The generals and their families are banned from entering the US.
Secretary of State Mike Pompeo said there was credible evidence that the generals were involved in the violent crackdown on the Rohingya minority in 2017, and that abuses were continuing.
Myanmar's government and military condemned the sanctions.
Brigadier General Zaw Min Tun told Reuters news agency that an army-led investigation into the 2017 violence was ongoing.
But Mr Pompeo said the sanctions had been prompted in part by Commander-in-Chief Min Aung Hlaing's recent decision to release, after just a few months, soldiers convicted of extra judicial killings at the village of Inn Din in 2017.
They spent less time behind bars than two Reuters journalists, Wa Lone and Kyaw Soe Oe, who had been investigating the massacre. The two reporters spent more than 16 months in prison on charges of obtaining state secrets before being released in an amnesty on 6 May.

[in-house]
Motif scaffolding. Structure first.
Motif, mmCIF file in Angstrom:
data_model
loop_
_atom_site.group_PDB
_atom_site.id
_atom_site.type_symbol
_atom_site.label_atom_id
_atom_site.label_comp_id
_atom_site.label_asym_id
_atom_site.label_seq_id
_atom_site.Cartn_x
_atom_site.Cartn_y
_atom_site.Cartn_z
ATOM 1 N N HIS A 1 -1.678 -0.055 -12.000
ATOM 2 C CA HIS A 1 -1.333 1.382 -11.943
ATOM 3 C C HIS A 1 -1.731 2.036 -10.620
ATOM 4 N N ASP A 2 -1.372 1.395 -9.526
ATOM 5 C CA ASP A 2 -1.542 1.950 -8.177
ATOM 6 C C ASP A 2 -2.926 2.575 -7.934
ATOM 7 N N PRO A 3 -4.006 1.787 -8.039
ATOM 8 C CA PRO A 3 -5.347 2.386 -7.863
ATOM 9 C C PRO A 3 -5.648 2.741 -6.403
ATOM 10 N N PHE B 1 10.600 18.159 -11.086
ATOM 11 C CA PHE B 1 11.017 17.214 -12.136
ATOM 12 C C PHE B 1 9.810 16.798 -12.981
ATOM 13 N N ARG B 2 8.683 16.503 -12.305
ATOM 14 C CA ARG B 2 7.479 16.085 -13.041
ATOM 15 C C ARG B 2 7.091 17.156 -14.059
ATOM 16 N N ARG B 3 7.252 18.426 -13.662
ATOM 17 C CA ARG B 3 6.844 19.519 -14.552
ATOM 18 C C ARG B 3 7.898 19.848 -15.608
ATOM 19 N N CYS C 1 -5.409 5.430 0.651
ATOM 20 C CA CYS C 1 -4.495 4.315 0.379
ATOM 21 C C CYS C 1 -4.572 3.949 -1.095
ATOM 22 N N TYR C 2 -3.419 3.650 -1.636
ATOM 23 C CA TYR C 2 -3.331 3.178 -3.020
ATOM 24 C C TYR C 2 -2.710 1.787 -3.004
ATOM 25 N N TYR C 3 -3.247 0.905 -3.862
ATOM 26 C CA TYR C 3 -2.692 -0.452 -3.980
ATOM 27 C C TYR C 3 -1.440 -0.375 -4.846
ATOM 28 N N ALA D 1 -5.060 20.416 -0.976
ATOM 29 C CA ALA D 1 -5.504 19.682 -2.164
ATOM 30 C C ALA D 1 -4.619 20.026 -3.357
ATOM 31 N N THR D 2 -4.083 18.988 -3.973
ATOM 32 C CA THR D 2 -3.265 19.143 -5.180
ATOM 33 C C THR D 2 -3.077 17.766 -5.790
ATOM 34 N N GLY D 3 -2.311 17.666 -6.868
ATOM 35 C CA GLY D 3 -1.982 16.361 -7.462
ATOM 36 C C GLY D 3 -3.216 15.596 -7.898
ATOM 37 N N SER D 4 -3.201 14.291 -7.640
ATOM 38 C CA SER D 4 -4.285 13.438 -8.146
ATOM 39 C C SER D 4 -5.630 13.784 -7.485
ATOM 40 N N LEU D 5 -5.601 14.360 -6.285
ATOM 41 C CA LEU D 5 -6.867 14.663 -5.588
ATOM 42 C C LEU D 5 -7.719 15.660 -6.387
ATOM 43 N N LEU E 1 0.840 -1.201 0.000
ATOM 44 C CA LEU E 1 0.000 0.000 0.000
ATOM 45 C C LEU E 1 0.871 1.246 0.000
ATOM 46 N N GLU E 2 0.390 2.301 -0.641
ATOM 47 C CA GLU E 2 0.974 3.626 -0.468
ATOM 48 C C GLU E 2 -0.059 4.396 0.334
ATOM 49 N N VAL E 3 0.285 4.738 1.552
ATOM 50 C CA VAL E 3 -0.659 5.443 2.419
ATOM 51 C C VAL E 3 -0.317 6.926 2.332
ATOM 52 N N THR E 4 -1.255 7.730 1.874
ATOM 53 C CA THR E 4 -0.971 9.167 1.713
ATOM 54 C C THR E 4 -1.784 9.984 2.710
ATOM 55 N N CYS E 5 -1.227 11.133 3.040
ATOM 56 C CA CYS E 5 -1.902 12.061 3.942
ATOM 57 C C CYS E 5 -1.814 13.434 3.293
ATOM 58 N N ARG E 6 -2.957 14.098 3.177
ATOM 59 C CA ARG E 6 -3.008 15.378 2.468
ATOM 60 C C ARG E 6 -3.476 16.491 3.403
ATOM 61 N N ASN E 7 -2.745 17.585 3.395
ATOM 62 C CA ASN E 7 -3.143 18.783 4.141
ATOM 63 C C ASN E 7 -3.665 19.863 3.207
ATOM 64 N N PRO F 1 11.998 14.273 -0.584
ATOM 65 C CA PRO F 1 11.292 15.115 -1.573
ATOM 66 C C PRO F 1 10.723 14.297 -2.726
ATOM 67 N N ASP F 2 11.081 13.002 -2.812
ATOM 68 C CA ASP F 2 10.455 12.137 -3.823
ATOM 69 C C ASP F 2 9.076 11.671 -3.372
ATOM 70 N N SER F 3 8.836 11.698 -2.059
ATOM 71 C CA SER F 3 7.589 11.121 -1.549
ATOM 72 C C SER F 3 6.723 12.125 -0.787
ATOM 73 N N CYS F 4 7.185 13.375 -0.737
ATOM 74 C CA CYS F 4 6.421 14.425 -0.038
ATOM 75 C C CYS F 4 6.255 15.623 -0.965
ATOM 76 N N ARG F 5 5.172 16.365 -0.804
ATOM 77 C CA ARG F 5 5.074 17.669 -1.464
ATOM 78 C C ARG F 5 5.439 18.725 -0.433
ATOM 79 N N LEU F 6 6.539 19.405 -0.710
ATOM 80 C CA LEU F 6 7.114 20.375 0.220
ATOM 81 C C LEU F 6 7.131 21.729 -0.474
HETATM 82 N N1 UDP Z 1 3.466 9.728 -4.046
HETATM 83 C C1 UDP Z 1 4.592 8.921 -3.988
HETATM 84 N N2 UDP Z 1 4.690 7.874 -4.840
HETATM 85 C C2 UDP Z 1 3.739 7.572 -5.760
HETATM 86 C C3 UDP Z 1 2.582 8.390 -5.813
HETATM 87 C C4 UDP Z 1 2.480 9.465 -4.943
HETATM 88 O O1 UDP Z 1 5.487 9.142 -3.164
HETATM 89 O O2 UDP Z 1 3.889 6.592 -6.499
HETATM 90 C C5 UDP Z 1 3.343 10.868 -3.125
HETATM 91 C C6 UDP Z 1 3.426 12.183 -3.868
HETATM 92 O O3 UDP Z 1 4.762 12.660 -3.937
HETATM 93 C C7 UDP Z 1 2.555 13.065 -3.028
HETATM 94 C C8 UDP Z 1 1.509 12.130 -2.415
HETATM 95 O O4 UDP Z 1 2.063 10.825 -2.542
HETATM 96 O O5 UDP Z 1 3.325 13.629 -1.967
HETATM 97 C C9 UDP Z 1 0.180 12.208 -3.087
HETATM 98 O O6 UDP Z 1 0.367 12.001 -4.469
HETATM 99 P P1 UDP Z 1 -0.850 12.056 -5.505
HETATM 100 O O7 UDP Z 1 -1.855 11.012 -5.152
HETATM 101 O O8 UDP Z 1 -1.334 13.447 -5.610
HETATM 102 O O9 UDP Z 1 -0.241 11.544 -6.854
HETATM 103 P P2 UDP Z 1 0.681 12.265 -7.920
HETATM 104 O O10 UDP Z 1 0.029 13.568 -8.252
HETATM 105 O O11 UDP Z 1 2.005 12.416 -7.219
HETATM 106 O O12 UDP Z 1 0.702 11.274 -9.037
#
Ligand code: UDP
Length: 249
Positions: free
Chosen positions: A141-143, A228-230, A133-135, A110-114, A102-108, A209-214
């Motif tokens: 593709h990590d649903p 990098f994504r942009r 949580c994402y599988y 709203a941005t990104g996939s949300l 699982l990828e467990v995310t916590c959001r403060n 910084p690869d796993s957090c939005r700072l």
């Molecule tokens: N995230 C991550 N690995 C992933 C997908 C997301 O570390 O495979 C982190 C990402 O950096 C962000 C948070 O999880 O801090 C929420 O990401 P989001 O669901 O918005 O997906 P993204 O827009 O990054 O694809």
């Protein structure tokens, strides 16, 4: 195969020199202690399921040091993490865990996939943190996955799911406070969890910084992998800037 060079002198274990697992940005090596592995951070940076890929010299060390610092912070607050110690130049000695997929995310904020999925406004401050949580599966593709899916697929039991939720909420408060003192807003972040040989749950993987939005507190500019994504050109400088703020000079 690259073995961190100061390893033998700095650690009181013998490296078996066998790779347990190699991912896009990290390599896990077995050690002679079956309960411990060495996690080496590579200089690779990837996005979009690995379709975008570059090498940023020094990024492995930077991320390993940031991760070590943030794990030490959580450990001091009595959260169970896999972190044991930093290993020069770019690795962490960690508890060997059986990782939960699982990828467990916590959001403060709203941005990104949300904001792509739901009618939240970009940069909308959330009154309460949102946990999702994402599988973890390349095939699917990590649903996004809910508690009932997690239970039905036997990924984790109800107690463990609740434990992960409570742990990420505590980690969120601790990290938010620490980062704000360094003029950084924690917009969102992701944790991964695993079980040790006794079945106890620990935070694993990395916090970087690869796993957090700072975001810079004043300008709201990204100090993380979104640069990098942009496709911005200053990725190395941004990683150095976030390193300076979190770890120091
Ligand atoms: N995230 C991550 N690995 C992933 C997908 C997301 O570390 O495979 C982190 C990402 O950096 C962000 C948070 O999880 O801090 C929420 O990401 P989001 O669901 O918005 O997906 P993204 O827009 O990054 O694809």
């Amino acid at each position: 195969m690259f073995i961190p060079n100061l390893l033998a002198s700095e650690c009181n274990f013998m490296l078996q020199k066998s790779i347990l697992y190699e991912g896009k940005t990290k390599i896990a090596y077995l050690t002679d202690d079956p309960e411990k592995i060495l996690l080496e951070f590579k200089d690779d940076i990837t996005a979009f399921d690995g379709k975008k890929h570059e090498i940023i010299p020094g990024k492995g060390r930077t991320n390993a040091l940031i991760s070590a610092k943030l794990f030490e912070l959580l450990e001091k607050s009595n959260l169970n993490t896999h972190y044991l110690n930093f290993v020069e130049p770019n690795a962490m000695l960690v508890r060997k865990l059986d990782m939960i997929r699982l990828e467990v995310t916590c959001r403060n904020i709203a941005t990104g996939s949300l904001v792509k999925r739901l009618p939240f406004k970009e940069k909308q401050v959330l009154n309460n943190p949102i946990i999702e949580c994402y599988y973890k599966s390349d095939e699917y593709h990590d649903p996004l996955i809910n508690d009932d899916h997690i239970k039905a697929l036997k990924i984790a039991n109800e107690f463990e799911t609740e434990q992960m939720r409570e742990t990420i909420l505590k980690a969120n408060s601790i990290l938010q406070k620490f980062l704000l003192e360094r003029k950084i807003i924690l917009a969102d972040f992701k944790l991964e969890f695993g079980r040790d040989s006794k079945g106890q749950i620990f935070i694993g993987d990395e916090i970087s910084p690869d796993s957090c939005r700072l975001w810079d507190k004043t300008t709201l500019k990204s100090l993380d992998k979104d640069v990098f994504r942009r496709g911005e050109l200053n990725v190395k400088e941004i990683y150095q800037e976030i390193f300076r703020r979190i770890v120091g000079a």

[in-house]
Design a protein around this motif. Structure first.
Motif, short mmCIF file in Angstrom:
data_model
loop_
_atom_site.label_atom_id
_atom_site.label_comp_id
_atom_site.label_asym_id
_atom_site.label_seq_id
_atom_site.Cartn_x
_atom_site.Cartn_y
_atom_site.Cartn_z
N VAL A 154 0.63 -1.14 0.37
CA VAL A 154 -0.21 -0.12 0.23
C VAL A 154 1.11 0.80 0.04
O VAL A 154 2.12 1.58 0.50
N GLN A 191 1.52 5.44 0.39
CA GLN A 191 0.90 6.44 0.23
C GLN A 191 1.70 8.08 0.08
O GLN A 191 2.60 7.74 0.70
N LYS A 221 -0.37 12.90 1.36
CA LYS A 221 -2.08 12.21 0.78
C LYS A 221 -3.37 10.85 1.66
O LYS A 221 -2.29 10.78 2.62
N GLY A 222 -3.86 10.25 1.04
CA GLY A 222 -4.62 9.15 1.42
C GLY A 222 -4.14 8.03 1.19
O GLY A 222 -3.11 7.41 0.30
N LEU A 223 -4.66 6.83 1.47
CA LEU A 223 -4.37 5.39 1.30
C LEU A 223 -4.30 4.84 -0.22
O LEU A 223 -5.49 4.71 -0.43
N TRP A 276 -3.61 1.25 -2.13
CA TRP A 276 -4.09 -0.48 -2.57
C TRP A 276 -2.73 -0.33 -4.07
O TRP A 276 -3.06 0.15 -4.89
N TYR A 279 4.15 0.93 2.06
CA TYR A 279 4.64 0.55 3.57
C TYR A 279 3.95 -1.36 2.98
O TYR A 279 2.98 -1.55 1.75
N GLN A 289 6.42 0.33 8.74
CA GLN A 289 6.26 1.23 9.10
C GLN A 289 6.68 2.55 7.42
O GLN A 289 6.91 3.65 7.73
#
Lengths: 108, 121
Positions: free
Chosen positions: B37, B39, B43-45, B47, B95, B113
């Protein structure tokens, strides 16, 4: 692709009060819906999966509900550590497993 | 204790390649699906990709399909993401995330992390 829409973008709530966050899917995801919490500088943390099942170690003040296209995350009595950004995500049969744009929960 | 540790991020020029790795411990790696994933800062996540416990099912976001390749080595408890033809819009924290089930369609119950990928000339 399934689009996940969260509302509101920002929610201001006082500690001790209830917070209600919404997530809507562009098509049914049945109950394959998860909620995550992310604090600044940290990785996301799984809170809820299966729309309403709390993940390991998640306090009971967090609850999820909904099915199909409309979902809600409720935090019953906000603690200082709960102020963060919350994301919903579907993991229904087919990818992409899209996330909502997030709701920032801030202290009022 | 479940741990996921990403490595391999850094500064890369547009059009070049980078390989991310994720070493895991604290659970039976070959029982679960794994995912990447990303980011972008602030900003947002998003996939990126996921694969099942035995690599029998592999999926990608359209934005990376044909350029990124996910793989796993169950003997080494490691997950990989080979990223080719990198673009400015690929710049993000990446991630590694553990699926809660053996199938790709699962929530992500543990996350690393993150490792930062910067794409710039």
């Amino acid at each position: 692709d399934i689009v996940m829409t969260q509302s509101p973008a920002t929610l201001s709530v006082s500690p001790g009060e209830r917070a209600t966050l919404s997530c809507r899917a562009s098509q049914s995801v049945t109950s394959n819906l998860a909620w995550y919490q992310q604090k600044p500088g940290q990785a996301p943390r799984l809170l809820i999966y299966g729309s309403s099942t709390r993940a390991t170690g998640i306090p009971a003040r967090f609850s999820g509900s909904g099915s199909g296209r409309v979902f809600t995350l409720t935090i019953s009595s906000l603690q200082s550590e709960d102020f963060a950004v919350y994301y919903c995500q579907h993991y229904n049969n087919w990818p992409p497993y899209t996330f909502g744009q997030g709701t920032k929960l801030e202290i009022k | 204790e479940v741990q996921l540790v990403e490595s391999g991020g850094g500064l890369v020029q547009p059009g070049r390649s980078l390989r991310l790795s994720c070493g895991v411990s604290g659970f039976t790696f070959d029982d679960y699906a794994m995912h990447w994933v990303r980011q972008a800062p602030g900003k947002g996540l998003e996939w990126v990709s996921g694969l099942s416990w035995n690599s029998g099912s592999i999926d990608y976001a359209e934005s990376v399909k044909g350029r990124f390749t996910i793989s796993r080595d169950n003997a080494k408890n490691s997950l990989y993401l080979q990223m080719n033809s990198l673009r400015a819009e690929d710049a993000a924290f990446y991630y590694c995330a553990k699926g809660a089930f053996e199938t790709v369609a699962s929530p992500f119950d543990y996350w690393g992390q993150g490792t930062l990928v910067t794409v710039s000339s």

Correspondents say the military still wields considerable influence in Myanmar, also known as Burma.
Mr Pompeo said: "We remain concerned that the Burmese government has taken no actions to hold accountable those responsible for human rights violations and abuses, and there are continued reports of the Burmese military committing human rights violations."
He said the US was "the first government to publicly take action with respect to the most senior leadership of the Burmese military", and that there was "credible information of these commanders' involvement in gross violations of human rights".
The BBC's Nick Beake in Myanmar says the ban is largely symbolic and could have gone further to include financial sanctions targeting military-owned assets.
More than 700,000 Rohingyas fled Myanmar during the 2017 crackdown, amid reports of massacres, widespread rape and the burning of villages. The UN has said top military figures must be investigated for genocide.
The Myanmar government has said the army was responding to attacks by Rohingya militants.
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